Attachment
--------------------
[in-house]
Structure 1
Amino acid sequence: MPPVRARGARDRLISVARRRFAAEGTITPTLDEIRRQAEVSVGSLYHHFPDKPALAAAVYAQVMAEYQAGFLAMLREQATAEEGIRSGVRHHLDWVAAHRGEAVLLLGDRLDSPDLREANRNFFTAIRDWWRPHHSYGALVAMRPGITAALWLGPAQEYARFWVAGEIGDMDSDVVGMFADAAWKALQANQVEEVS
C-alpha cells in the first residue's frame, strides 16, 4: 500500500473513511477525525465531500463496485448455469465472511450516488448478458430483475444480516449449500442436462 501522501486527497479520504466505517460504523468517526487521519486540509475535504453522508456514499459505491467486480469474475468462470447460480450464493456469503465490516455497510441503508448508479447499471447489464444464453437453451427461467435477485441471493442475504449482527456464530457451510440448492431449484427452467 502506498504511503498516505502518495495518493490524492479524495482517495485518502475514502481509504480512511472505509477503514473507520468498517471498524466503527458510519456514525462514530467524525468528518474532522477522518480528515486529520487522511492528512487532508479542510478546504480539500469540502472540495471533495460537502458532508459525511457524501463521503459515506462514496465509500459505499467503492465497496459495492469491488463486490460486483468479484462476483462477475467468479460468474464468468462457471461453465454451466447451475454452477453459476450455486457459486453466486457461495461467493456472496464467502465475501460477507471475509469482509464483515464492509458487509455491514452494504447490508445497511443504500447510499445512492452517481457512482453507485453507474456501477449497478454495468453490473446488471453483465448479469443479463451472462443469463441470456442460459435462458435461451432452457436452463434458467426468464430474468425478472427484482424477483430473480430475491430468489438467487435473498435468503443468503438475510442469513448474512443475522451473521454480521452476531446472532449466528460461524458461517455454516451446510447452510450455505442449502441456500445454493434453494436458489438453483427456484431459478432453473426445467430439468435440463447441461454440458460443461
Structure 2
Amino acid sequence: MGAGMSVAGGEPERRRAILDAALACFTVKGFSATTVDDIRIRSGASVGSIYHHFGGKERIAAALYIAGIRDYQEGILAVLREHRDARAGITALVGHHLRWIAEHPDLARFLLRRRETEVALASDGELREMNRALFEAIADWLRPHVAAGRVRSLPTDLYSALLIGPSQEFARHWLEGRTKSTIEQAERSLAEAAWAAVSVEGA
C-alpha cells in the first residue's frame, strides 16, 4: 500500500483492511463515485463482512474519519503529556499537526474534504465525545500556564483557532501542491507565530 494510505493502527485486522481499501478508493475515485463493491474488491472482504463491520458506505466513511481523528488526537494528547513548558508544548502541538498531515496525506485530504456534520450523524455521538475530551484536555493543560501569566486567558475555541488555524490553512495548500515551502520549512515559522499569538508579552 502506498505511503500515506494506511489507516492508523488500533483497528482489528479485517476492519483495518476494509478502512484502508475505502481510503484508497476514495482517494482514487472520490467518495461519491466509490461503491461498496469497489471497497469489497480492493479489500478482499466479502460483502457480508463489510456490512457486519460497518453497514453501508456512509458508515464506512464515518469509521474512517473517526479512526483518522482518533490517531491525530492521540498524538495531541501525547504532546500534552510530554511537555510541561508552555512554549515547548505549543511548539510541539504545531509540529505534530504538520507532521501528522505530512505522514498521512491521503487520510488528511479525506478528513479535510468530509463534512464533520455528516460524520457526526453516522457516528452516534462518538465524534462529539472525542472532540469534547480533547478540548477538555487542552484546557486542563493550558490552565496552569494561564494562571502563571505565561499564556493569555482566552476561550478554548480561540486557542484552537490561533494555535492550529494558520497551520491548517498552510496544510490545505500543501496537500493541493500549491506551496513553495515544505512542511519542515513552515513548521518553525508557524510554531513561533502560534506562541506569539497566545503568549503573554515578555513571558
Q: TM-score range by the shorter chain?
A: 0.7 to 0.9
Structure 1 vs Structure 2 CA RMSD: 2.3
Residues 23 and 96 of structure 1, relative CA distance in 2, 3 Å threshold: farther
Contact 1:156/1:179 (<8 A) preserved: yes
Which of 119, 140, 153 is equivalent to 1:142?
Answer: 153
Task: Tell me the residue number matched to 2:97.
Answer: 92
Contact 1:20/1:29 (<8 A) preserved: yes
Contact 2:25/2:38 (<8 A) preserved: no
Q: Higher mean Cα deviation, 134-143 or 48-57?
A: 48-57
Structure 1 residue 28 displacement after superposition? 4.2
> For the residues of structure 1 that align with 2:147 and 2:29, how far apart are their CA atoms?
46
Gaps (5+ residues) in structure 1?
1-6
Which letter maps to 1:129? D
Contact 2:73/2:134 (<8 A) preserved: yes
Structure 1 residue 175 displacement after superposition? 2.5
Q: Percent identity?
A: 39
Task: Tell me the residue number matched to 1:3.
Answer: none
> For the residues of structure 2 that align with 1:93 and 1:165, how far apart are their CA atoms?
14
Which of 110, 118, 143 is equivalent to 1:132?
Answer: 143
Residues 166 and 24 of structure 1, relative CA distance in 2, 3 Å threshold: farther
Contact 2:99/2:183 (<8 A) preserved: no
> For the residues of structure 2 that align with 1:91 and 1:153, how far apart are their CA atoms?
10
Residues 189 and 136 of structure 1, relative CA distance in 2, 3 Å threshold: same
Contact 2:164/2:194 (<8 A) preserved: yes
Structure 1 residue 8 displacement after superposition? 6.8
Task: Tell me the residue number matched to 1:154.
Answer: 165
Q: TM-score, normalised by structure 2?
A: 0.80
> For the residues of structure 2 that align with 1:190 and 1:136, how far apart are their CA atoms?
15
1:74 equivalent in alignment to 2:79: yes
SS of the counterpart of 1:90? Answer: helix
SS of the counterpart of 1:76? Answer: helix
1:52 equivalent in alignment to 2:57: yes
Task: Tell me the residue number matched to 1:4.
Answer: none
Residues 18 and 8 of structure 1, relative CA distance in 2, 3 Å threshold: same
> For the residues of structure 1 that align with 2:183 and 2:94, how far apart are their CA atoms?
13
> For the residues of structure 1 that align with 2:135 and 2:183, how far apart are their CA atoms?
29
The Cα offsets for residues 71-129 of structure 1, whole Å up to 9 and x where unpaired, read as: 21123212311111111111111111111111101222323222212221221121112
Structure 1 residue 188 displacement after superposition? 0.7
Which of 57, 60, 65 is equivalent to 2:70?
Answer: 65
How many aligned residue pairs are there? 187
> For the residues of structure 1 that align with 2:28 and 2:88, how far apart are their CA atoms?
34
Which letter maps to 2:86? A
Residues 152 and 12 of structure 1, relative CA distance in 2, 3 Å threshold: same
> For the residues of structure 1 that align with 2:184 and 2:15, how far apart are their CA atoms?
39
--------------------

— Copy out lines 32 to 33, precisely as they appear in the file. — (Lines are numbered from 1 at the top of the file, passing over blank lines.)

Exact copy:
Answer: none
> For the residues of structure 2 that align with 1:93 and 1:165, how far apart are their CA atoms?